When you are researching joint disorders, you often find the words "hypermobility", or "stiffness" or "swelling". You often find, Lupus, Rheumatoid Arthritis, and Carpal Tunnel disease. I was in the United States Navy when my spine started reacting in a way that no one was sure was actually happening- nevermind the number of times it was happening. I was sent to a chiropractor, a rheumatologist, and a general internist and all of them were stumped as to why my back kept reacting the way it did. They were even more confused as to why I would have sudden attacks of stiffness and pain when I was sleeping, or just waking up for a 0400 watch, (4:00 A.M for us civilians). All I ever did know was that while my doctors knew I was in pain, the rest of the crew thought I was nuts.
Since I already had a history of Ehlers-Danlos, and it was determined to be 'benign'- not going to kill me- no one really thought anything of the dislocating lumbar joints. I was sent for body scans to determine if I had any degenerative arthritis, or even bone spurs. Body scans are long, drawn out medical procedures involving the injection of a radioactive isotope and a lot of staying still in a very cold room. This was pre-MRI, and very similar. A machine spins slowly around you taking pictures of the fluid going through the muscles and veins. It's pretty cool to see, but I have no idea if they're even used anymore with the advances in this field.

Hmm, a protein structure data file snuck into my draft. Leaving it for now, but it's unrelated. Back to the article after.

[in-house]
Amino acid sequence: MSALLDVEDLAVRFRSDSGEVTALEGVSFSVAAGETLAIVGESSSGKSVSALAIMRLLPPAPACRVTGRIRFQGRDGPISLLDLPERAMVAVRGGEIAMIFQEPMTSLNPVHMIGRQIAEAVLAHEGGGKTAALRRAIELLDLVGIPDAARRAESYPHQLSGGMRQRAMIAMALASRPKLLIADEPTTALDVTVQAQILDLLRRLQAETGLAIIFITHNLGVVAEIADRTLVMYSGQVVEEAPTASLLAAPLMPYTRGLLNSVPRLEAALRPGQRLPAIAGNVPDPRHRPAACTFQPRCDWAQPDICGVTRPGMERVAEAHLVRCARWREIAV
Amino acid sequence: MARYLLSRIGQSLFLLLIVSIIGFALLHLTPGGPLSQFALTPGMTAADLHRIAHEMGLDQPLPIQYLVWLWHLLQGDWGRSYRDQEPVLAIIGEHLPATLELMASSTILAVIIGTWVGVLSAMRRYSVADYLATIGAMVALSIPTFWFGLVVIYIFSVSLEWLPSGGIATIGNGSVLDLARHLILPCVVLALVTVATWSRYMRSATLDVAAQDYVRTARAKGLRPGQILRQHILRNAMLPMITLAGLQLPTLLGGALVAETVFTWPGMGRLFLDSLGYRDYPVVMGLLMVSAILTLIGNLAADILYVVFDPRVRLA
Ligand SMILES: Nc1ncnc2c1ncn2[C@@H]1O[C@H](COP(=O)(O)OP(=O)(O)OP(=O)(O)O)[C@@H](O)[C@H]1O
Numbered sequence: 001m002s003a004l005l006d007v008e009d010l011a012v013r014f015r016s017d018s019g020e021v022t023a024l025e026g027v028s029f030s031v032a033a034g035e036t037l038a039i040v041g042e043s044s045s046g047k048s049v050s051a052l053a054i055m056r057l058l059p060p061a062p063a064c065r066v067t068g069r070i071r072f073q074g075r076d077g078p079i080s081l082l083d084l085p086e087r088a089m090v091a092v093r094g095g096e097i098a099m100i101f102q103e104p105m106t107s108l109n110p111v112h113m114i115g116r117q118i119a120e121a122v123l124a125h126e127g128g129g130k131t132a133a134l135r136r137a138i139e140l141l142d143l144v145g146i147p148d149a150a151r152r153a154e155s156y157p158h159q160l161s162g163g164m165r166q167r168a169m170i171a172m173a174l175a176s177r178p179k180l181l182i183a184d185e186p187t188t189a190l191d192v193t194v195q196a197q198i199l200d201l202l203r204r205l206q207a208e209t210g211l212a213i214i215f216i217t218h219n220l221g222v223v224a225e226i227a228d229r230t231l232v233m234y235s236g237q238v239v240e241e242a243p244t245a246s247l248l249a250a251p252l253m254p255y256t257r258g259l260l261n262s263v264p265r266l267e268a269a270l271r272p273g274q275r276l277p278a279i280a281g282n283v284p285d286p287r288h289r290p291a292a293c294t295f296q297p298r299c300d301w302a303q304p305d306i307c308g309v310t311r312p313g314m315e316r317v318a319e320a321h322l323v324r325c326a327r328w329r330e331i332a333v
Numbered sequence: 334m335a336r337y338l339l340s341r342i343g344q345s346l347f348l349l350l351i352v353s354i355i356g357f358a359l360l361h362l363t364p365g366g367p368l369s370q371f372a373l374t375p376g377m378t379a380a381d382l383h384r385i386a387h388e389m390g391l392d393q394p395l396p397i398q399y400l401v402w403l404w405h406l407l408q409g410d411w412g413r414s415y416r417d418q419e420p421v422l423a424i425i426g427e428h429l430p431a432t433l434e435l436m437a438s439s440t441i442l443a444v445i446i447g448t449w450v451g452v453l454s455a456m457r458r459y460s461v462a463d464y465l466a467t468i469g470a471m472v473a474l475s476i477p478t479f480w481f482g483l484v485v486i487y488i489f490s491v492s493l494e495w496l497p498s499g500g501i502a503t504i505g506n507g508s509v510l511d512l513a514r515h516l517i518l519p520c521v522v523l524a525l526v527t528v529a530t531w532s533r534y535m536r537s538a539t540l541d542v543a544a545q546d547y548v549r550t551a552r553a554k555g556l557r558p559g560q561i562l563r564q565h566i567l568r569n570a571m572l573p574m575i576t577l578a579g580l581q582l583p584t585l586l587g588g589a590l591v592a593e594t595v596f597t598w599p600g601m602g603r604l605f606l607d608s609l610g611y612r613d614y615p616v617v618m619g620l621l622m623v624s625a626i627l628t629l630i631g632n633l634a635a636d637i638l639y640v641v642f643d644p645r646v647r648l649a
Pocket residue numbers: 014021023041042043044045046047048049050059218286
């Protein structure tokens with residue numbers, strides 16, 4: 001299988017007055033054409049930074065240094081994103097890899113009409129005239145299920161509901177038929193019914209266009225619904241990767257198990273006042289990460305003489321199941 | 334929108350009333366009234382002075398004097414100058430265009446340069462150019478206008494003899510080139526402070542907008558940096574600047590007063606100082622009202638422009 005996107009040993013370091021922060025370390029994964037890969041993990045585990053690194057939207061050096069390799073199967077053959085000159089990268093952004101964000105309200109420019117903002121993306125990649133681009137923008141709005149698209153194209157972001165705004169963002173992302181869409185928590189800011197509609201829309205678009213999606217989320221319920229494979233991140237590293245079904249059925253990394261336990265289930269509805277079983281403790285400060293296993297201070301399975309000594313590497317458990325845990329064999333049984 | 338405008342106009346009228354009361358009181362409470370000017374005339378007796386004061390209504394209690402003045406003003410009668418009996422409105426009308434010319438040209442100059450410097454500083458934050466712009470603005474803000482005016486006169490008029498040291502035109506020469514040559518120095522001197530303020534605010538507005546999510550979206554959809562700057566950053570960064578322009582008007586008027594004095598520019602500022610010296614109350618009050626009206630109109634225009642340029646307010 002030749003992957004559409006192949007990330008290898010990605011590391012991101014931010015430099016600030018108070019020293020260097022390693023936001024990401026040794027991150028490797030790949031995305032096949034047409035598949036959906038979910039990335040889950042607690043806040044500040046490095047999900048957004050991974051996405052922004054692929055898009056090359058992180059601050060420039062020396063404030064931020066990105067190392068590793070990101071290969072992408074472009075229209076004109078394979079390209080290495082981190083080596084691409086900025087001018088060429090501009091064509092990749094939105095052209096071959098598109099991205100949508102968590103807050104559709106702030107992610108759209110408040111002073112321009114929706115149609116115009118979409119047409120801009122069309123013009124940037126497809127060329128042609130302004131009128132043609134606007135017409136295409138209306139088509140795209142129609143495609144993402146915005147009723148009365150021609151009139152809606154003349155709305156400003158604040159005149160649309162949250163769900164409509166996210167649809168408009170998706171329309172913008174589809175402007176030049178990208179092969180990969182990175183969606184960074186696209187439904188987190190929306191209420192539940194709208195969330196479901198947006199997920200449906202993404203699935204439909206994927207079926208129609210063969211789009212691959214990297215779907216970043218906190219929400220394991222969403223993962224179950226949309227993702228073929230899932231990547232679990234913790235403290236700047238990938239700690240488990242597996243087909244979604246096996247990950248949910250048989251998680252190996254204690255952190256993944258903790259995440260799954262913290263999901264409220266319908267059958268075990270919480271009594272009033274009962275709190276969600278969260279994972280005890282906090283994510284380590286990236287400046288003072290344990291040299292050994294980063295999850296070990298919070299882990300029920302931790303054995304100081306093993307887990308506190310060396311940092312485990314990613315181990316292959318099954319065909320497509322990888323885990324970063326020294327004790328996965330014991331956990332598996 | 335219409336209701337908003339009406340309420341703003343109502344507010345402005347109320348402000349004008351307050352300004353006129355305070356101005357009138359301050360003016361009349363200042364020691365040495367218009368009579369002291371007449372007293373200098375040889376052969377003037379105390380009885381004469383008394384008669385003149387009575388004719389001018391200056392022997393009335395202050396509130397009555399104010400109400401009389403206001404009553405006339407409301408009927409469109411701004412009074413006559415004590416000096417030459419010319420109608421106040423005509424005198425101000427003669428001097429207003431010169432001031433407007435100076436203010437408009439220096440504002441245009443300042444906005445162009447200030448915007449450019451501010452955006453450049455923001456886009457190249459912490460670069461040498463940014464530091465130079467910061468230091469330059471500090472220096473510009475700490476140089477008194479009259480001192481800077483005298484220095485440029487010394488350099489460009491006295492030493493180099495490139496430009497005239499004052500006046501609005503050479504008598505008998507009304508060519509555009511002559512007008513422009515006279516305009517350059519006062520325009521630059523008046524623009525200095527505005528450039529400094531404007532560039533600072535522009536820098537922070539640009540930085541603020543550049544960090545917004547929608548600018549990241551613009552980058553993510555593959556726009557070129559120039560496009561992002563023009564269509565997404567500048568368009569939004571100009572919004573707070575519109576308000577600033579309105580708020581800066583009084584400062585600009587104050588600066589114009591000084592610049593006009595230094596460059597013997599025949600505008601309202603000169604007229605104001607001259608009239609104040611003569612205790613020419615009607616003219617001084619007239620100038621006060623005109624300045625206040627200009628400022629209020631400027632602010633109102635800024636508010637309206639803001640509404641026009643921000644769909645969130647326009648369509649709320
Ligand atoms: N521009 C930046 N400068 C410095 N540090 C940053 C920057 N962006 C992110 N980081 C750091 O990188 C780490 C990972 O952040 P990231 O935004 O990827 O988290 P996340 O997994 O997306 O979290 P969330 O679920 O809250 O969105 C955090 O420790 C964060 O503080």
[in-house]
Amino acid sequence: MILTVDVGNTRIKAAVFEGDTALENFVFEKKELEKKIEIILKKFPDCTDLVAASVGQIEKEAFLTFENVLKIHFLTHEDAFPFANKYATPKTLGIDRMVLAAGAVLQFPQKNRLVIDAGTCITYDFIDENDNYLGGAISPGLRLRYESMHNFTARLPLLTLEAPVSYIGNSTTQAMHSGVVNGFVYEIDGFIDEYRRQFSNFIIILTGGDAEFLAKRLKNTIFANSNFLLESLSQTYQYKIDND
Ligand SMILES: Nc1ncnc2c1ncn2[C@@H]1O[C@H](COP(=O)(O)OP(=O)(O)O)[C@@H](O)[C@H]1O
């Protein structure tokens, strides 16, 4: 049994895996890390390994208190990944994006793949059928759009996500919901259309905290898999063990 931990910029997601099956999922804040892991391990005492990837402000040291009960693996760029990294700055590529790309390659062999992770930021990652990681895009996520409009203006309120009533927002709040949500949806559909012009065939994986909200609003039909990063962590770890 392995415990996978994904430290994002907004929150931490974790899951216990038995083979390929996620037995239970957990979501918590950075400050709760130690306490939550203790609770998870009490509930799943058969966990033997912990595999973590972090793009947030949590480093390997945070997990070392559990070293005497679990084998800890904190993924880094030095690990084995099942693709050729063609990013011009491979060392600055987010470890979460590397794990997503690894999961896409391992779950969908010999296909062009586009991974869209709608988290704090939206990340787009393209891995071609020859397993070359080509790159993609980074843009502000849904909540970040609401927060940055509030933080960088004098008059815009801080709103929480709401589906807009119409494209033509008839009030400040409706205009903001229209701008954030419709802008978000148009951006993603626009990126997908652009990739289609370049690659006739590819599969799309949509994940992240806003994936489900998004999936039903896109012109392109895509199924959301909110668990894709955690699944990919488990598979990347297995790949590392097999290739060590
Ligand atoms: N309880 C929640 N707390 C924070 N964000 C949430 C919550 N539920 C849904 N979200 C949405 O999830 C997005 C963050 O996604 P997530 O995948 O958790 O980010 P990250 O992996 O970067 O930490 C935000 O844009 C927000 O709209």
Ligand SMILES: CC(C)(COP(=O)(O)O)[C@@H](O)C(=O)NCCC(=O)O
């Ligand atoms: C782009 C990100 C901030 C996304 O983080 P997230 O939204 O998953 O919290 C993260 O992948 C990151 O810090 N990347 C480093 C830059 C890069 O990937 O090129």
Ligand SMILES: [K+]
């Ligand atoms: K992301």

The attacks progressively got worse the more in shape I became. I would run, lift weights, and eat a fairly fruit and veggie filled diet. At that time, I wasn't really a junk food eater, and had fast food once a week when I would make way to the local Burger King for a Sunday Whopper Jr. and read my paper.
Around this same time, I noticed that I needed to wear sunglasses a lot more than I had in the past. I would go entire summers without eyeware, and looked at sun shades as a fashion item, rather than a tool for vision. Now I needed wrap-arounds just to get through a regular day. My eyes started to get conjunctivitis a lot when I was in my early teens. But, this was different. This was just a searing pain that happened only when daylight appeared. I used to joke with my then-boyfriend that my eyes were transplanted from a vampire.